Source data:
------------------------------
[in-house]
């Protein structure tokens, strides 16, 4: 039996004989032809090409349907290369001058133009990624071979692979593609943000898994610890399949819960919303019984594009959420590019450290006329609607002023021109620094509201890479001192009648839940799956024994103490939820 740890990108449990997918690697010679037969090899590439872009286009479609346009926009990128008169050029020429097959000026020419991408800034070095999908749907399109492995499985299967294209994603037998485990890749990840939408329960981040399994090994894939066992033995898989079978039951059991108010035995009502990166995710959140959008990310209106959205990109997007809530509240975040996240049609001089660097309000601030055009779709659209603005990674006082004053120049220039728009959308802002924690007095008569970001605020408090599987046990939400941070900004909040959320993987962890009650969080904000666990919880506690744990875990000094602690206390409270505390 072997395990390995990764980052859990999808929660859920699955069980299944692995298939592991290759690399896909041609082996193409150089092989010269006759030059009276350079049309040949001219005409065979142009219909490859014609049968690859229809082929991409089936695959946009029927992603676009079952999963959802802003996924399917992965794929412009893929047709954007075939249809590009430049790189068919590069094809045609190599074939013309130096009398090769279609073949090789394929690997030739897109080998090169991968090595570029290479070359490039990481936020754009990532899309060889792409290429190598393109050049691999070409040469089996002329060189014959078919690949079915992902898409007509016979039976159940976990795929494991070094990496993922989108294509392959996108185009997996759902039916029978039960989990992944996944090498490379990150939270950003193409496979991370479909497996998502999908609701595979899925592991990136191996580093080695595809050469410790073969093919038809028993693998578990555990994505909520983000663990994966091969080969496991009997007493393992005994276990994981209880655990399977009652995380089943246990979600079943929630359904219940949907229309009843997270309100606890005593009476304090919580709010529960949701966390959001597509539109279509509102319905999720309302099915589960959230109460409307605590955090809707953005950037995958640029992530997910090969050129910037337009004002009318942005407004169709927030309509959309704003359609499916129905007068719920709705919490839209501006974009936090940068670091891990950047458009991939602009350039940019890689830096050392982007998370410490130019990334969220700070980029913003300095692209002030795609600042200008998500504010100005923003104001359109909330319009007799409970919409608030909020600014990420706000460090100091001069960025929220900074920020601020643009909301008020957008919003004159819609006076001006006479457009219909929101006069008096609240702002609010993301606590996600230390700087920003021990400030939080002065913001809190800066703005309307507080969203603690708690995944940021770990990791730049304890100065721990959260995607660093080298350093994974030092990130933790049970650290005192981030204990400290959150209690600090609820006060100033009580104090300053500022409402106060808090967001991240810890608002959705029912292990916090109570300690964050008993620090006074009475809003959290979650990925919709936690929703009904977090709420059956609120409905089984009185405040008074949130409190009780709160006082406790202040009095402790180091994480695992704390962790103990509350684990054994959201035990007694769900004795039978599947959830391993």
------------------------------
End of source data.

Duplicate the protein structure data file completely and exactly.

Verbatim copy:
[in-house]
């Protein structure tokens, strides 16, 4: 039996004989032809090409349907290369001058133009990624071979692979593609943000898994610890399949819960919303019984594009959420590019450290006329609607002023021109620094509201890479001192009648839940799956024994103490939820 740890990108449990997918690697010679037969090899590439872009286009479609346009926009990128008169050029020429097959000026020419991408800034070095999908749907399109492995499985299967294209994603037998485990890749990840939408329960981040399994090994894939066992033995898989079978039951059991108010035995009502990166995710959140959008990310209106959205990109997007809530509240975040996240049609001089660097309000601030055009779709659209603005990674006082004053120049220039728009959308802002924690007095008569970001605020408090599987046990939400941070900004909040959320993987962890009650969080904000666990919880506690744990875990000094602690206390409270505390 072997395990390995990764980052859990999808929660859920699955069980299944692995298939592991290759690399896909041609082996193409150089092989010269006759030059009276350079049309040949001219005409065979142009219909490859014609049968690859229809082929991409089936695959946009029927992603676009079952999963959802802003996924399917992965794929412009893929047709954007075939249809590009430049790189068919590069094809045609190599074939013309130096009398090769279609073949090789394929690997030739897109080998090169991968090595570029290479070359490039990481936020754009990532899309060889792409290429190598393109050049691999070409040469089996002329060189014959078919690949079915992902898409007509016979039976159940976990795929494991070094990496993922989108294509392959996108185009997996759902039916029978039960989990992944996944090498490379990150939270950003193409496979991370479909497996998502999908609701595979899925592991990136191996580093080695595809050469410790073969093919038809028993693998578990555990994505909520983000663990994966091969080969496991009997007493393992005994276990994981209880655990399977009652995380089943246990979600079943929630359904219940949907229309009843997270309100606890005593009476304090919580709010529960949701966390959001597509539109279509509102319905999720309302099915589960959230109460409307605590955090809707953005950037995958640029992530997910090969050129910037337009004002009318942005407004169709927030309509959309704003359609499916129905007068719920709705919490839209501006974009936090940068670091891990950047458009991939602009350039940019890689830096050392982007998370410490130019990334969220700070980029913003300095692209002030795609600042200008998500504010100005923003104001359109909330319009007799409970919409608030909020600014990420706000460090100091001069960025929220900074920020601020643009909301008020957008919003004159819609006076001006006479457009219909929101006069008096609240702002609010993301606590996600230390700087920003021990400030939080002065913001809190800066703005309307507080969203603690708690995944940021770990990791730049304890100065721990959260995607660093080298350093994974030092990130933790049970650290005192981030204990400290959150209690600090609820006060100033009580104090300053500022409402106060808090967001991240810890608002959705029912292990916090109570300690964050008993620090006074009475809003959290979650990925919709936690929703009904977090709420059956609120409905089984009185405040008074949130409190009780709160006082406790202040009095402790180091994480695992704390962790103990509350684990054994959201035990007694769900004795039978599947959830391993």